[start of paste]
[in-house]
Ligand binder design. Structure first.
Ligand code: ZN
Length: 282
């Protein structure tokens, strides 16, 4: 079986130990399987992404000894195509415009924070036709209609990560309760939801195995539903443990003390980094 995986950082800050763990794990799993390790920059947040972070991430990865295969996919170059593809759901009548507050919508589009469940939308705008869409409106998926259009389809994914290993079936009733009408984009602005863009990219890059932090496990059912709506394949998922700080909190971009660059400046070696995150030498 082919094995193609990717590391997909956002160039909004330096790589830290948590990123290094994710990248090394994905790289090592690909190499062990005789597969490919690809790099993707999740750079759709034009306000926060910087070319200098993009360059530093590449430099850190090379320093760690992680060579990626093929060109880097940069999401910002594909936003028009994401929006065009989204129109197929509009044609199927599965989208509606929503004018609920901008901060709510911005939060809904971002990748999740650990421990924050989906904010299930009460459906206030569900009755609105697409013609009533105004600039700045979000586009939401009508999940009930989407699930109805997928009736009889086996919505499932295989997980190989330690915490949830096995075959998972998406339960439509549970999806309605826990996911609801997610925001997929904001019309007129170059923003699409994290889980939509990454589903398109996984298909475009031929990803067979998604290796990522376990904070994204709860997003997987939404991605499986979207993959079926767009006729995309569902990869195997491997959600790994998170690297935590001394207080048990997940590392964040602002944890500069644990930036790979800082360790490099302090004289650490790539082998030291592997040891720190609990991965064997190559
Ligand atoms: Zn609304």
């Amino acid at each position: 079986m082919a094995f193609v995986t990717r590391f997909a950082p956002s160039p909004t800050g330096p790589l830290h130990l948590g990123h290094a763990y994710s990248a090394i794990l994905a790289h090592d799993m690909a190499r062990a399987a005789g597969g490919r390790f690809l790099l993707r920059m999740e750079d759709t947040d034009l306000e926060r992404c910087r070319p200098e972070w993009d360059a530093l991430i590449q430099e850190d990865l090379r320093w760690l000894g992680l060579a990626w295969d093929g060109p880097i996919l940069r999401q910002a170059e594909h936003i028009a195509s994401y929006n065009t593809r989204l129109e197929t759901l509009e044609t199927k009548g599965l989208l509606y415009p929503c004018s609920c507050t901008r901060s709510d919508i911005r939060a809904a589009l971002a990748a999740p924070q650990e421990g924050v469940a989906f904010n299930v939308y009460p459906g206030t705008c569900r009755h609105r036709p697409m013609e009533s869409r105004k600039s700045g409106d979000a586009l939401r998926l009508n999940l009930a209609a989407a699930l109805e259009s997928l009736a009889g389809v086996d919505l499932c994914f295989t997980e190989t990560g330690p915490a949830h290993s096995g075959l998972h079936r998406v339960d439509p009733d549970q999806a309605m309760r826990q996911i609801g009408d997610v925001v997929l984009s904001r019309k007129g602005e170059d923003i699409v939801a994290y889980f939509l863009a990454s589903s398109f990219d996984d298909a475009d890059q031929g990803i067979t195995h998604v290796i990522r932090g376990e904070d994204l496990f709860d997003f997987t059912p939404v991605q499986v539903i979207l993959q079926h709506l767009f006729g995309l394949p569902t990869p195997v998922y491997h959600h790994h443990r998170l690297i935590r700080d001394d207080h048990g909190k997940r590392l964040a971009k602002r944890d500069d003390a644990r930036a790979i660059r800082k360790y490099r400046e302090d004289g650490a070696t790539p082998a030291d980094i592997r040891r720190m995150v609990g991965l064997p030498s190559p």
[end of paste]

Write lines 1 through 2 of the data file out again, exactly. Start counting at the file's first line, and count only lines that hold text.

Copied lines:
[in-house]
Ligand binder design. Structure first.